Powell plays the ‘insurance’ card again
The Federal Reserve (Fed) cut rates by 0.25% on Wednesday, as widely anticipated. The new fed funds target range is 1.75%-2.00%. The interest rate on banks’ excess reserves was cut by 0.30% to 1.80%. Fed Chairman Jerome Powell again justified this second rate cut since July as “insurance” against risks to the US outlook – mostly the weak global growth picture and ongoing trade policy uncertainty. We see the Fed remaining particularly sensitive to the weak global manufacturing picture, even if there is potentially some progress on the US-China trade front. Powell particularly noted the tariff increases on Chinese imports announced in August. From media reports, Powell does not seem to have alluded to a potential trade ‘truce’ as bilateral talks restart in early October.
The Fed remained confident about the US growth outlook, however, and still sees no recession. Powell underscored that the US economy has performed “roughly as expected” since the last meeting in July. Implicitly, he downplayed the very weak manufacturing ISM survey for August, as well as the recent softening in monthly job growth.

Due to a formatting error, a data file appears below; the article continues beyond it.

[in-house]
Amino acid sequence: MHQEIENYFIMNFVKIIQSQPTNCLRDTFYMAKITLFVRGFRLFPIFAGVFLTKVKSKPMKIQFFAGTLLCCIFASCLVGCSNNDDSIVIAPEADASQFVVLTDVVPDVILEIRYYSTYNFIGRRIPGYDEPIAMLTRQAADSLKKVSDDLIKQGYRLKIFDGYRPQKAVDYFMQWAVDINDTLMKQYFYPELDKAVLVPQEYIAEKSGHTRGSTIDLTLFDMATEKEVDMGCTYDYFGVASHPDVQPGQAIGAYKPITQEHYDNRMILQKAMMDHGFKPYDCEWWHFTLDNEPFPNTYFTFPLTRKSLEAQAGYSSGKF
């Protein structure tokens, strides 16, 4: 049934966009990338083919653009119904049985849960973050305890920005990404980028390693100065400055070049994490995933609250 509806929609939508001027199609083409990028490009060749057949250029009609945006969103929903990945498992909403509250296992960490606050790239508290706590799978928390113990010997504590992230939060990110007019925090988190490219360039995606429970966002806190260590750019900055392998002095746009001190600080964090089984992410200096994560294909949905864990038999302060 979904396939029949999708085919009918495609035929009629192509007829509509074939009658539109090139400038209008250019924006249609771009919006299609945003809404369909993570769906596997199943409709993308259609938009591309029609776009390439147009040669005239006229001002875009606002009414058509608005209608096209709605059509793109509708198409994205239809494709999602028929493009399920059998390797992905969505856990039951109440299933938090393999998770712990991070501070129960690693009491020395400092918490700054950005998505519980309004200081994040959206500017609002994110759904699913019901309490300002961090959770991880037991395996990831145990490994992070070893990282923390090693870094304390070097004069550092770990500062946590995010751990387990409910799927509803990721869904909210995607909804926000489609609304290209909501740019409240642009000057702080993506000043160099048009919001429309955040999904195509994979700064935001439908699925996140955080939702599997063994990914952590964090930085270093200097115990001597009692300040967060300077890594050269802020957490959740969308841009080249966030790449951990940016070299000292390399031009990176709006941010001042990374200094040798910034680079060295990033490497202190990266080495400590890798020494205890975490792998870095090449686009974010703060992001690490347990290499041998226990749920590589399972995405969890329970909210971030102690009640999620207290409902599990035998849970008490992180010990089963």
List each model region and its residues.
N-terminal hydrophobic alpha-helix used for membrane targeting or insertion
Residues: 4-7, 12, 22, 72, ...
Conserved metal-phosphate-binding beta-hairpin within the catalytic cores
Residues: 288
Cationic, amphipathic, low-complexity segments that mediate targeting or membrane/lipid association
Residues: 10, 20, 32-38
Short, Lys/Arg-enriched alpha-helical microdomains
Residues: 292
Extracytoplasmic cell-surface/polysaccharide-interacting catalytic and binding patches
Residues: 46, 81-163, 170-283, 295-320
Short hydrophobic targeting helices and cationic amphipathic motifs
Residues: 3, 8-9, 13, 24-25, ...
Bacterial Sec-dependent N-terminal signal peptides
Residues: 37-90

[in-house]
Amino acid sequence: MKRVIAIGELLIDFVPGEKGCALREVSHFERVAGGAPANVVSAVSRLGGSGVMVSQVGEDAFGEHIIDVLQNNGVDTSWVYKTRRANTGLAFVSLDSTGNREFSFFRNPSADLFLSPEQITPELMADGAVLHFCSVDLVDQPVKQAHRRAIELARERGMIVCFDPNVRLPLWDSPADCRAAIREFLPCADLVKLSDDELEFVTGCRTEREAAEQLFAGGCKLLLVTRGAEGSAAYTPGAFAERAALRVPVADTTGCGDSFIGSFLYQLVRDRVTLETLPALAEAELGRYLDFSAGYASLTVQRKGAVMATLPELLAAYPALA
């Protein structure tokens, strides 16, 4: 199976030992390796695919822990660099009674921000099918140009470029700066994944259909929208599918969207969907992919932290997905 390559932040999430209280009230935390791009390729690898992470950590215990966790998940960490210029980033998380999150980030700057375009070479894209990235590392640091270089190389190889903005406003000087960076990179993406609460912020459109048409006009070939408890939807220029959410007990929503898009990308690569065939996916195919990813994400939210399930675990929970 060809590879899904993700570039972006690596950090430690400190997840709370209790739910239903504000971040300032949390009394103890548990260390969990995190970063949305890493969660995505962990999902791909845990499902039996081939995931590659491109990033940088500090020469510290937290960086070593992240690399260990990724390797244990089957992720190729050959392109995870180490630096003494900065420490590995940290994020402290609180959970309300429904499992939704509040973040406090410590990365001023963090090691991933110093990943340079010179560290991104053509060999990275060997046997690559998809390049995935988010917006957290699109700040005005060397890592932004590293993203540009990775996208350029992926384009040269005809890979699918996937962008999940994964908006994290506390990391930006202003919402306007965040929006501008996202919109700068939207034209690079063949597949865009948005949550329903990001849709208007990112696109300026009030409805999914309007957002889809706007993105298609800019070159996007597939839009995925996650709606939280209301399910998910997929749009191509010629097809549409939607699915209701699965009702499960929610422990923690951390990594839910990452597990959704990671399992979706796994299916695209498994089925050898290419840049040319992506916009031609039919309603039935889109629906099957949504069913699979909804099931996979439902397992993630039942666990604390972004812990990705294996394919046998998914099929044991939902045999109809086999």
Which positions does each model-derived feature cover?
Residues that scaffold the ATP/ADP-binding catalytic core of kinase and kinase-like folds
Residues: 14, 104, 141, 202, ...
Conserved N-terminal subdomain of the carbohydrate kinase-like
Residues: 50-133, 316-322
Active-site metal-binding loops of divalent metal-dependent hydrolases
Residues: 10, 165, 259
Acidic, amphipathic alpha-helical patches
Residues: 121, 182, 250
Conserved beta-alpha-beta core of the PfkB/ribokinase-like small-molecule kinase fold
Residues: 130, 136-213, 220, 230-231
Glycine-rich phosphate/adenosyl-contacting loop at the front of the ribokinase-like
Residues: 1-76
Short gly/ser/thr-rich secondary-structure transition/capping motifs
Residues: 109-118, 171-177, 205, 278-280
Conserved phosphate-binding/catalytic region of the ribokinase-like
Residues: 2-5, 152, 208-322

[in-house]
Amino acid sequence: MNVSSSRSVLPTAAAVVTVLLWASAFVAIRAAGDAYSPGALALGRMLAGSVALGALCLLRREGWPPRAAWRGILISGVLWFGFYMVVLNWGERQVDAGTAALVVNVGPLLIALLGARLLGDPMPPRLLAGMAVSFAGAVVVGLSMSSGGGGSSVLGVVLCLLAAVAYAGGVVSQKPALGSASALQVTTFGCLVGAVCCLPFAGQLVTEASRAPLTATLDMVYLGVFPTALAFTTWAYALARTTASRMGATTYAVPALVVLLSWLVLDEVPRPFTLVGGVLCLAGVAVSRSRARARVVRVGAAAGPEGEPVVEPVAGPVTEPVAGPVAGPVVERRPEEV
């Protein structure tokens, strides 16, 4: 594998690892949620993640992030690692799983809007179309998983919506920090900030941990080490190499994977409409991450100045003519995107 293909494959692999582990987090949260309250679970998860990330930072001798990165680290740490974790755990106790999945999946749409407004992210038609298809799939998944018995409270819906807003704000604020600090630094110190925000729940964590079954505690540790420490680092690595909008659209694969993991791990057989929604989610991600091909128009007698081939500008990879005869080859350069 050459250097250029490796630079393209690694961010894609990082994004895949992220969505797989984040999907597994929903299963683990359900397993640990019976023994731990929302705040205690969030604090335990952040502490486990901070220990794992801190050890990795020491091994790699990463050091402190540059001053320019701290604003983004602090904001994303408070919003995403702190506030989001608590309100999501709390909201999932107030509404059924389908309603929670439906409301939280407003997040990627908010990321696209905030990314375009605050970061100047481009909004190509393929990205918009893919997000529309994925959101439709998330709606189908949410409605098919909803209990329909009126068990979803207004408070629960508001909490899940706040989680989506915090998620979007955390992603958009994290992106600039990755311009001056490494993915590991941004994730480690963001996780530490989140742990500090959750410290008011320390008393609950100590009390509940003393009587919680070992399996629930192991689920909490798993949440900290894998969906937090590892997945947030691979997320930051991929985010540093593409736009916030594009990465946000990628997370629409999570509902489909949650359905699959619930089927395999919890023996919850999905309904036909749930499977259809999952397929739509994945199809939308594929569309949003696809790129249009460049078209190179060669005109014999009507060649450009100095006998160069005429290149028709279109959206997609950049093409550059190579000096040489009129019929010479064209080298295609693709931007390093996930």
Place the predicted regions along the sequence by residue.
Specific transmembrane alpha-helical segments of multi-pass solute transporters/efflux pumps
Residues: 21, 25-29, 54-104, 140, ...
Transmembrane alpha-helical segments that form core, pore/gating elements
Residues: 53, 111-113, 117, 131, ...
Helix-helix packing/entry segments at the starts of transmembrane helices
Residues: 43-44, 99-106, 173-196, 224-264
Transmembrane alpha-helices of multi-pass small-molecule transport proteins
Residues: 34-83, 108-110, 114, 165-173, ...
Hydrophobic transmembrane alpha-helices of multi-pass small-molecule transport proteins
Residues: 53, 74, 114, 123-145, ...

Several Fed policymakers (but not the majority) expected a third rate cut before year’s end. Indeed, Powell, referring to the “successful” insurance rate cuts pushed through by then Fed chairman Alan Greenspan in the 1990s, who explained at the time that cutting rates would help to boost the economy via “higher asset prices”. This why we think Powell may go for a third rate cut at the next Fed meeting on 30 October.
President Trump’s interference continues to pile pressure on the Fed to cut rates further, although Powell underscored that the central bank remained independent from political influence.
Powell sounded dismissive of the recent tumult in the overnight repo market, saying that the recent stress had “no implication” for US monetary policy or the growth outlook. Nonetheless, he opened the door to boosting the level of bank reserves at the Fed (which will likely happen via fresh Treasury purchases) – potentially as soon as the next Fed meeting if liquidity issues persist. However, the Fed chairman was careful to frame any move in this direction as mostly a technical matter rather than the beginning of ‘quantitative easting phase 4’.